This Story Begins and Ends in an Airport
by Maggie Kathwaroon

The airport is empty when I arrive two hours before my 6:45 a.m. flight. The shower I took an hour earlier is already wearing off. Dressed for winter, I begin to sweat as I haul my suitcase, purse, and briefcase through the airport. My glasses slip from my nose. A man pushes a polisher over the already shiny floor. I ask him if anything's open.

"Non, madame, c'est trop tot."

There's no one to make me a latte grande. The magazine shop is closed. I'm hot. I'm thirsty.

Fighting what could become overwhelming misery, I wheel my luggage to the uncomfortable seats near the Air Canada counter. To occupy my time, I plug my laptop into the nearest electrical outlet. I try to check my email, but my wireless connection fails. To distract myself, I begin to write this story.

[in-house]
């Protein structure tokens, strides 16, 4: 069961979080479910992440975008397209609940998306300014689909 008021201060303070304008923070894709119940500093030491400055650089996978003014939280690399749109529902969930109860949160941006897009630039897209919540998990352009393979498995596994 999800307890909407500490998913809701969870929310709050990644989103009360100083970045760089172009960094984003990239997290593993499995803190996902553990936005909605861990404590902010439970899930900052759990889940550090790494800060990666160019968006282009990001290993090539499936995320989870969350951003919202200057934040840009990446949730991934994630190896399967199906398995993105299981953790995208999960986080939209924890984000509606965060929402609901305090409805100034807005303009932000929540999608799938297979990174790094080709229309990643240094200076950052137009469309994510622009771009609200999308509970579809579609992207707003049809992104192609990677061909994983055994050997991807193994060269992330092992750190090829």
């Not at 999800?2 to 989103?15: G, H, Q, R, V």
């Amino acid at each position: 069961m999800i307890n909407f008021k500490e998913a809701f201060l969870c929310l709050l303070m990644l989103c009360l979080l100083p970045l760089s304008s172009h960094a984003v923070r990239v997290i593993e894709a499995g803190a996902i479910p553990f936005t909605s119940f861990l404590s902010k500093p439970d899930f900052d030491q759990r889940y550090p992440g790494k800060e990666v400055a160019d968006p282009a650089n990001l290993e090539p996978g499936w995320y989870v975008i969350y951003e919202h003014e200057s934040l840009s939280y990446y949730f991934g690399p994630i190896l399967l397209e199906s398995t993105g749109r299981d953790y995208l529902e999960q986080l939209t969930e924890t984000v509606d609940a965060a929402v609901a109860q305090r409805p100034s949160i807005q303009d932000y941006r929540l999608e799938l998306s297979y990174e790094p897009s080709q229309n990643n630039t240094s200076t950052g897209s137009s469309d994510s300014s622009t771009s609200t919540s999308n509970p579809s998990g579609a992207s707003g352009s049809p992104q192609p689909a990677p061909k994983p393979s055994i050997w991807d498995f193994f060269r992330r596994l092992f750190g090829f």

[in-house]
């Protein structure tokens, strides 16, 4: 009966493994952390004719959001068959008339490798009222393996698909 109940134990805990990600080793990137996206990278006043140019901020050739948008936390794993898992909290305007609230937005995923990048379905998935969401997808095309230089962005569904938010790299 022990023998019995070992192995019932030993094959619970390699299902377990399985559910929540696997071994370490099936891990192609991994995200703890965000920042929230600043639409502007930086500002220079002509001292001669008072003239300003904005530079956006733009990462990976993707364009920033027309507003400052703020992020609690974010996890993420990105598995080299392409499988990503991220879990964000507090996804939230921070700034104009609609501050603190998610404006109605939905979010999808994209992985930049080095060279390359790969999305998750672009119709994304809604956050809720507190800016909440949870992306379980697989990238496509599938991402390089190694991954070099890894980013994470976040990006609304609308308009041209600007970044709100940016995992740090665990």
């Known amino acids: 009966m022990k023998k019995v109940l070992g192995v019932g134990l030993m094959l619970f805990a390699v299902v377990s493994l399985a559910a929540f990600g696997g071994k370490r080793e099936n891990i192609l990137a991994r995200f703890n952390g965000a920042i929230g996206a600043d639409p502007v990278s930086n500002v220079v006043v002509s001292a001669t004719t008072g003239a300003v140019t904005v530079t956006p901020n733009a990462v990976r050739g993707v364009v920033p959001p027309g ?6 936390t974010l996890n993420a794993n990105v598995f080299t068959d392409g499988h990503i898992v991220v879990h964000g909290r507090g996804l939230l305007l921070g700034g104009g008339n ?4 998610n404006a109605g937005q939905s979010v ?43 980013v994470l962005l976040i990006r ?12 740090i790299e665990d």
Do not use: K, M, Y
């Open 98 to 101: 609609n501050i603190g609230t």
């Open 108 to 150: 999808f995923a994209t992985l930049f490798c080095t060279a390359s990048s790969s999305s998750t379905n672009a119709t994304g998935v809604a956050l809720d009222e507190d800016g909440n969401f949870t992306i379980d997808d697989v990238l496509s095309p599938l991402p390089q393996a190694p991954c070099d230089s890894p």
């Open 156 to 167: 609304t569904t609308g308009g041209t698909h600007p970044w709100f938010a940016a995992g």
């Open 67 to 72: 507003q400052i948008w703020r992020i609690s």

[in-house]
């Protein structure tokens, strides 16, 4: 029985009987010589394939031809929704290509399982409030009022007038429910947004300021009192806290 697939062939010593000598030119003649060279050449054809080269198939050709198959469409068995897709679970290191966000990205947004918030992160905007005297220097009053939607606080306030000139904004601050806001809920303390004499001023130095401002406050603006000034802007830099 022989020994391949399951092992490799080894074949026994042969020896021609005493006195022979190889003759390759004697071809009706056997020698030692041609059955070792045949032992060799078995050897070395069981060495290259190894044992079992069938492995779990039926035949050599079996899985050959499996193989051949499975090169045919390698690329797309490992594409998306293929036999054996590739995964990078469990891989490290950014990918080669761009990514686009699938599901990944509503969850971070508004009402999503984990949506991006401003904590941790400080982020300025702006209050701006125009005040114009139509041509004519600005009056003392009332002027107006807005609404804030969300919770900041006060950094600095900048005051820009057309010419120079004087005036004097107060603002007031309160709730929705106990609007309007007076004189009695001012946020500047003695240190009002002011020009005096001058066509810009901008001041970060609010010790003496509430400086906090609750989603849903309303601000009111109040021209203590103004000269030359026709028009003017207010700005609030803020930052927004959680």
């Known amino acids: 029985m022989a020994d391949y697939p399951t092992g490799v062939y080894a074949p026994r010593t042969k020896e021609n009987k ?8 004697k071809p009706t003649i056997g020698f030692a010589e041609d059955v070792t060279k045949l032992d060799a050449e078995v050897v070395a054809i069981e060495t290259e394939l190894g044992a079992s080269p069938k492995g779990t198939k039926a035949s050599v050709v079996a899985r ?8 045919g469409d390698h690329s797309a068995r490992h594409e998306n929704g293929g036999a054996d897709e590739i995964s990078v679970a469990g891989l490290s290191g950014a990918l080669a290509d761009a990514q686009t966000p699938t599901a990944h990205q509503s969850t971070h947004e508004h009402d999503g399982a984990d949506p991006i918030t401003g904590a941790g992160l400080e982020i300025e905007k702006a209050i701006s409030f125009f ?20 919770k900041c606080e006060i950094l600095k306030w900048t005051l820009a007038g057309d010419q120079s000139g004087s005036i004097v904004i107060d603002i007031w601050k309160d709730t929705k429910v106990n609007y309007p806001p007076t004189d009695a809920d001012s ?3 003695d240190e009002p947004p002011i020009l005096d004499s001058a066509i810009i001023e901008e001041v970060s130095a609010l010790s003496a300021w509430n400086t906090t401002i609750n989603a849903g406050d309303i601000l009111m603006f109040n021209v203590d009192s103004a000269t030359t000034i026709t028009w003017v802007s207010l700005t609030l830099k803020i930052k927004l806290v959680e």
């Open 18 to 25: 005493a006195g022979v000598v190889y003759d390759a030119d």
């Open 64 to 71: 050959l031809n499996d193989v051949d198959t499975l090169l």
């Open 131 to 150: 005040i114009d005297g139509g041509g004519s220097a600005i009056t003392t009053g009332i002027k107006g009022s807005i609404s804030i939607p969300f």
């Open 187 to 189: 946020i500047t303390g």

The story describes my husband (visual arts professor), my house (downtown neighbourhood), my garden (English). How we've all been together for ten years. No children. Four cats. Few fights. Similar sensibilities. The facts of my life don't provide a compelling narrative, however, and I don't save the first draft of this story when I get up to go to the now open check-in counter to get my boarding pass.

Waiting in the US customs and immigration line, I can smell—but can't see-the Starbucks I know is in the departure lounge. I will the lineup to go quickly. I greet another queue at the security gate. Security confiscates my miniature Swiss Army knife (pink), a wise move on their part, as the aroma of coffee is now playing havoc with my social graces. I manage a tight-lipped smile as the security officer, satisfied that my laptop isn't a weapon of mass destruction, waves me through.